England began four days of Test preparation in Hamilton on Wednesday with the first two days played with the pink ball under lights. The matches aren’t first-class, England bowled first by agreement and can teams can continue batting a whole day even if bowled out, so the games are essentially glorified middle practice. It all started well for England, reducing the New Zealand XI to 30 for 5, but a chastening afternoon and evening followed as Tom Blundell and Kyle Jamieson added 163 and both scored centuries. Here are a few things that caught the eye.
Ben Stokes‘ back
Stokes-watch has not finished with his comeback in the one-day series. He will sit out the first two-day game with a back problem but it is being played down as nothing serious; England are hopeful he will play over the second two days, he pushed himself hard during the ODIs and may be feeling the effects. It is likely his workload in the Tests will need to be managed. If, in the worst-case scenario, Stokes isn’t available for the Test it would again leave England needing to find a way to balance the side. At the very least, he won’t have had any middle time with the pink ball. James Vince had seven overs on the opening day here, but if he’s needed for that many in a Test, things haven’t gone well.
Early points to England’s quicks
New Zealand’s Test openers, Jeet Raval and Tom Latham, walked out to open the XI’s innings – a chance for Raval to have an early sight of the pink ball and for Latham to adjust from one-day cricket. It didn’t work out for either of them first time around. James Anderson, quickly back into the groove, pushed one across Latham to find the outside edge and then Raval had a lazy waft at Stuart Broad’s first ball to give Ben Foakes another catch. With Henry Nicholls chipping to midwicket and Colin de Grandhomme edging Mark Wood behind, it wasn’t a great day for New Zealand’s Test squad. There was time late in the day for Raval to fall a second time, edging a good delivery from Broad. Not the ideal preparation.
Wood opens the bowling
Broad is on 399 Test wickets has been working hard between series on trying to regain the outswinger. He had to wait a little while for his first bowl of the tour, though, as Wood was given the new ball ahead of him. If Stokes and Chris Woakes (rested here with a hamstring niggle) are fit, it’s hard to see how Wood would fit into the Test side, so it was an interesting decision from Joe Root. Wood’s first spell ended with 3-2-1-0 and then Broad struck with his first delivery.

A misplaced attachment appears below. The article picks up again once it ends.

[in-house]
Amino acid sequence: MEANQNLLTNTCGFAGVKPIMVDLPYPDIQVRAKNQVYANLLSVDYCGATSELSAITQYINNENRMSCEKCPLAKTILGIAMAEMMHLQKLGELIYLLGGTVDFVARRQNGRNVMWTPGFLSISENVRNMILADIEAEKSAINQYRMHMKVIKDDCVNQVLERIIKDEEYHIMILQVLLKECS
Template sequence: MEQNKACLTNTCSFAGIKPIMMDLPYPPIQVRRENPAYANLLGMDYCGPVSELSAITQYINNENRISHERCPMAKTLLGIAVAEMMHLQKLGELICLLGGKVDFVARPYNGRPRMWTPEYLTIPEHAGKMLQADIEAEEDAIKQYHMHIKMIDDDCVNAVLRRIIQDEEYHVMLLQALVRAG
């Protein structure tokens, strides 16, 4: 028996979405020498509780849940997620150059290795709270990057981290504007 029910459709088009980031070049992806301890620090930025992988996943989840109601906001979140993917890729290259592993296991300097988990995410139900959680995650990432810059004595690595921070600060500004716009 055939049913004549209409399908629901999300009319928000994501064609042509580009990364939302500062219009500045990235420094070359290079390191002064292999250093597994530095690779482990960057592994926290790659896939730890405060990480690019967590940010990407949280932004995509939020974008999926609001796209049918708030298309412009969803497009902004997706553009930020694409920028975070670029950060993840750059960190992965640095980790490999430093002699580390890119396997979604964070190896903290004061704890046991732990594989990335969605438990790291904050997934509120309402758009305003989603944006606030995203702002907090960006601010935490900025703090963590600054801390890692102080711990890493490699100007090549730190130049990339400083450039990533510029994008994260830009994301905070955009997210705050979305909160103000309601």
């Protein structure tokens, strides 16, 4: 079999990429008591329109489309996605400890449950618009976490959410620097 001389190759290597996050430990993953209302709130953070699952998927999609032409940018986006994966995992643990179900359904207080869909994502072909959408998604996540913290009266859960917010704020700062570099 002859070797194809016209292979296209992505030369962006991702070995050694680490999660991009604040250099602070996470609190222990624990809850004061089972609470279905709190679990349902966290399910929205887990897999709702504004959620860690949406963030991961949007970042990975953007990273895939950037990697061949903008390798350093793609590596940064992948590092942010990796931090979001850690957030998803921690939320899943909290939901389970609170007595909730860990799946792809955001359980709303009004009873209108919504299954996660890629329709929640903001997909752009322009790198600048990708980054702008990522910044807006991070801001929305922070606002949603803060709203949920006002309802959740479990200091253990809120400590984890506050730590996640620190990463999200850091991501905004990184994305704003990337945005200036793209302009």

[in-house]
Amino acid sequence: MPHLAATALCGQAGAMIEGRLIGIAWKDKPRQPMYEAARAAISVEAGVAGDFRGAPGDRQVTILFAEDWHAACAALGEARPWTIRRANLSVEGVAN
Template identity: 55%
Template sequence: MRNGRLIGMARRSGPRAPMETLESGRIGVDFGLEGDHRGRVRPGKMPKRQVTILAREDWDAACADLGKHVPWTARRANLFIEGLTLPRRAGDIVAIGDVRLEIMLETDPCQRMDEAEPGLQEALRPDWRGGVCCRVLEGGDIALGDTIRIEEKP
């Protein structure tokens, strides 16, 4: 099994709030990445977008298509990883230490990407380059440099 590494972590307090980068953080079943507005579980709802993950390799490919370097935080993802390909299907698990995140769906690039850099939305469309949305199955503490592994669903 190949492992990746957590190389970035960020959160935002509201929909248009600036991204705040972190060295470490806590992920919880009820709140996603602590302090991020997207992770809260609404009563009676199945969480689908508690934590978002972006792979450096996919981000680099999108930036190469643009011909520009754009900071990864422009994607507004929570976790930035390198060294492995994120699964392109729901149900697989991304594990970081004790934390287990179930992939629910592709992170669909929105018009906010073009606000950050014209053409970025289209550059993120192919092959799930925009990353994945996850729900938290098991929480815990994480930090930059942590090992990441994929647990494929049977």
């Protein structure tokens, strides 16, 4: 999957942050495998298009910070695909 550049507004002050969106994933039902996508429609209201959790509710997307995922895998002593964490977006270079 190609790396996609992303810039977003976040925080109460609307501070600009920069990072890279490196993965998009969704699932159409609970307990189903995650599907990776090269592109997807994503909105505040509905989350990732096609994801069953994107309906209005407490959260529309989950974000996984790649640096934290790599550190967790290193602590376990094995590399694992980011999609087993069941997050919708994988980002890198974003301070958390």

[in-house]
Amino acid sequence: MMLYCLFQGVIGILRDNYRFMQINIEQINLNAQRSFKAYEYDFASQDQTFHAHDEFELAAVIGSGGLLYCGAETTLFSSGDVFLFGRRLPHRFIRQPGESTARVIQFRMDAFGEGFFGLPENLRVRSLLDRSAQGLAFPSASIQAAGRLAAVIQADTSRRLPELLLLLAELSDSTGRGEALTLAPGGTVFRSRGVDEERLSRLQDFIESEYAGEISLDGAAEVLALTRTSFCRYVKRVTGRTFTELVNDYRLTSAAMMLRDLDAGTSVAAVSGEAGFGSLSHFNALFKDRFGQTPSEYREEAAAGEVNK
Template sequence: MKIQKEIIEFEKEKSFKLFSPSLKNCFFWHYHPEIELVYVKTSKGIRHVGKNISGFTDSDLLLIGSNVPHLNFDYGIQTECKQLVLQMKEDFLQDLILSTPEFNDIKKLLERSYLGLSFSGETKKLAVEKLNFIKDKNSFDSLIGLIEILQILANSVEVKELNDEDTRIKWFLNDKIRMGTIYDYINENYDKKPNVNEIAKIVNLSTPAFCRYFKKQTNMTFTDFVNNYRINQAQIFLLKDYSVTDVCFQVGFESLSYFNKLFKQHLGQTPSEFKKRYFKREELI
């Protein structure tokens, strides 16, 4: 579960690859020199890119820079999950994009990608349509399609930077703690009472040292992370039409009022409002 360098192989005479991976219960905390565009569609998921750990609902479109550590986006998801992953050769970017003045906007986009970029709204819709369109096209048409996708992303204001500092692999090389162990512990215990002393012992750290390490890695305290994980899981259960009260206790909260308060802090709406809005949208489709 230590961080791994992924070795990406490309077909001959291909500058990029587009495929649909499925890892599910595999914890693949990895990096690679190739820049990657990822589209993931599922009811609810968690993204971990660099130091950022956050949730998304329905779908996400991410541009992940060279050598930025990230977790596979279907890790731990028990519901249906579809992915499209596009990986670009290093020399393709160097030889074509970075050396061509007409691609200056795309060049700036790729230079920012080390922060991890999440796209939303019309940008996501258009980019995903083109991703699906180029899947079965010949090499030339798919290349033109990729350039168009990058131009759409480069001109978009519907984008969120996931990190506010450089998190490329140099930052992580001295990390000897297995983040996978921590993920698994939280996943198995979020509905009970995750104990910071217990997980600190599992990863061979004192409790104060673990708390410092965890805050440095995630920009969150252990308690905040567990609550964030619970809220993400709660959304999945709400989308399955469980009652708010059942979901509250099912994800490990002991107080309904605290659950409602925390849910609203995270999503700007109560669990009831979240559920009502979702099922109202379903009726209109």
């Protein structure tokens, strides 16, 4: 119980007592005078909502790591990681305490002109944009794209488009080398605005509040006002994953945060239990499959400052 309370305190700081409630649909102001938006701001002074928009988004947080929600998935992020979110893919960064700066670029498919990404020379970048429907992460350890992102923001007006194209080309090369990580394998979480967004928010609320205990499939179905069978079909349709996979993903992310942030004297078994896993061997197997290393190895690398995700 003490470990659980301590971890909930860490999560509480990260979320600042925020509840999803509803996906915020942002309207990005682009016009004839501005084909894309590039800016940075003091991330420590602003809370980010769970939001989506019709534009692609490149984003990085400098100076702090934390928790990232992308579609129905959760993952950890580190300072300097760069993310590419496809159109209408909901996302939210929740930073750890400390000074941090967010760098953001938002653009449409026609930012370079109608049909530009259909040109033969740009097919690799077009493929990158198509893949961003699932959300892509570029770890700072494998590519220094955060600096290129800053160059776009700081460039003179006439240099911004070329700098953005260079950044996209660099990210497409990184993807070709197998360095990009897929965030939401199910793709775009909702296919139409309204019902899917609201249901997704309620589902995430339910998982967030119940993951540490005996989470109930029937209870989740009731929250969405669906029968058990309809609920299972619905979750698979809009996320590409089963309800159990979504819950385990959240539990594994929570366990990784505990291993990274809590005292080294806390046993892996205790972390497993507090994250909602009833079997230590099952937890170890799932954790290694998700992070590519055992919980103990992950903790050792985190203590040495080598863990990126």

Blundell hard done by
Tom Blundell made a century on Test debut against West Indies but, two matches later, is out of the team with BJ Watling having recovered from his hip problem to regain his place. That is an unsurprising decision – Watling averages 38.05 in Tests – but Blundell ensured that the pressure will be on Watling to perform. Having come in at 15 for 4, he became increasingly aggressive during the afternoon – his second fifty took just 49 balls – to reach three figures from 149 deliveries. It won’t have hurt that New Zealand coach Mike Hesson was at the ground by this time. When he had 131, he felt he had enough and retired to give someone else a chance.
When the ball goes soft
This opposition is stronger than what England faced during their warm-ups in Australia, although the manufactured match situation is unsatisfactory. It wouldn’t have mattered if New Zealand had been skittled, they would have all come in for another bat. At least, though, this was genuine resistance. The recovery, again, raised the question of what this attack can do when the Kookaburra passes about 25 overs. There was some fill-in bowling used at times, but England went 45 overs between actually taking a wicket themselves, and Moeen Ali was treated with some disdain, conceding over four an over. The fact that that period involved a No. 8 without a first-class fifty will raise a few concerns.
Who is Kyle Jamieson?
The 23-year-old six foot six Canterbury fast bowler, who was part of the New Zealand Under-19s squad in 2014, missed the start of this season with injury, has a highest first-class score of 40, and is more known for his exploits with the ball. A few around the ground raised an eyebrow when he batted ahead of Scott Kuggeleijn (three first-class centuries) in this side, but he certainly didn’t look out of place. He took a particular liking to Wood, with a strike-rate of 163 against him, while Anderson did not take kindly to some of his batting – at one stage the umpire had to step in. His century came from 110 balls when he nudged a single off Moeen. It won’t class in his official records, but he can tell the story of this innings for years to come.